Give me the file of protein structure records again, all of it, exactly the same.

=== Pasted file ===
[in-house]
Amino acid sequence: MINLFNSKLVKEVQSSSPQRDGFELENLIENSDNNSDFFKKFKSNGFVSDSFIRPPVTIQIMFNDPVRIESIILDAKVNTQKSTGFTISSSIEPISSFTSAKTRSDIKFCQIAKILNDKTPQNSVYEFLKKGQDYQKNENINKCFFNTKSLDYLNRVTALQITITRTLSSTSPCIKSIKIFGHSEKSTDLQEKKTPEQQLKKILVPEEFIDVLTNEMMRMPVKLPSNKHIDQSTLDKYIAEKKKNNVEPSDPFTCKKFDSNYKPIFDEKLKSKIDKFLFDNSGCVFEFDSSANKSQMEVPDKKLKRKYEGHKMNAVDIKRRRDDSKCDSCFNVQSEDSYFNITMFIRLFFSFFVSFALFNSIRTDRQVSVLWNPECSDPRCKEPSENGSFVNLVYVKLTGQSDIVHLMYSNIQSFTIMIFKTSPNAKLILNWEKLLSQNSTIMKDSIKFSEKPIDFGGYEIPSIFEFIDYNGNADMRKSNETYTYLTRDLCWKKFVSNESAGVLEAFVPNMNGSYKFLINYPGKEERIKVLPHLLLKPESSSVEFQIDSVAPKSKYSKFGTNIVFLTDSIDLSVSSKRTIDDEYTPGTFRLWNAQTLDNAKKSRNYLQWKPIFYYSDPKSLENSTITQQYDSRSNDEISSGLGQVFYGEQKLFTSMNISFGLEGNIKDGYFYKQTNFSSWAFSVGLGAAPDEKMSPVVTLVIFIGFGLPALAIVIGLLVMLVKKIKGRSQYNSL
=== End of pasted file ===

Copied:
[in-house]
Amino acid sequence: MINLFNSKLVKEVQSSSPQRDGFELENLIENSDNNSDFFKKFKSNGFVSDSFIRPPVTIQIMFNDPVRIESIILDAKVNTQKSTGFTISSSIEPISSFTSAKTRSDIKFCQIAKILNDKTPQNSVYEFLKKGQDYQKNENINKCFFNTKSLDYLNRVTALQITITRTLSSTSPCIKSIKIFGHSEKSTDLQEKKTPEQQLKKILVPEEFIDVLTNEMMRMPVKLPSNKHIDQSTLDKYIAEKKKNNVEPSDPFTCKKFDSNYKPIFDEKLKSKIDKFLFDNSGCVFEFDSSANKSQMEVPDKKLKRKYEGHKMNAVDIKRRRDDSKCDSCFNVQSEDSYFNITMFIRLFFSFFVSFALFNSIRTDRQVSVLWNPECSDPRCKEPSENGSFVNLVYVKLTGQSDIVHLMYSNIQSFTIMIFKTSPNAKLILNWEKLLSQNSTIMKDSIKFSEKPIDFGGYEIPSIFEFIDYNGNADMRKSNETYTYLTRDLCWKKFVSNESAGVLEAFVPNMNGSYKFLINYPGKEERIKVLPHLLLKPESSSVEFQIDSVAPKSKYSKFGTNIVFLTDSIDLSVSSKRTIDDEYTPGTFRLWNAQTLDNAKKSRNYLQWKPIFYYSDPKSLENSTITQQYDSRSNDEISSGLGQVFYGEQKLFTSMNISFGLEGNIKDGYFYKQTNFSSWAFSVGLGAAPDEKMSPVVTLVIFIGFGLPALAIVIGLLVMLVKKIKGRSQYNSL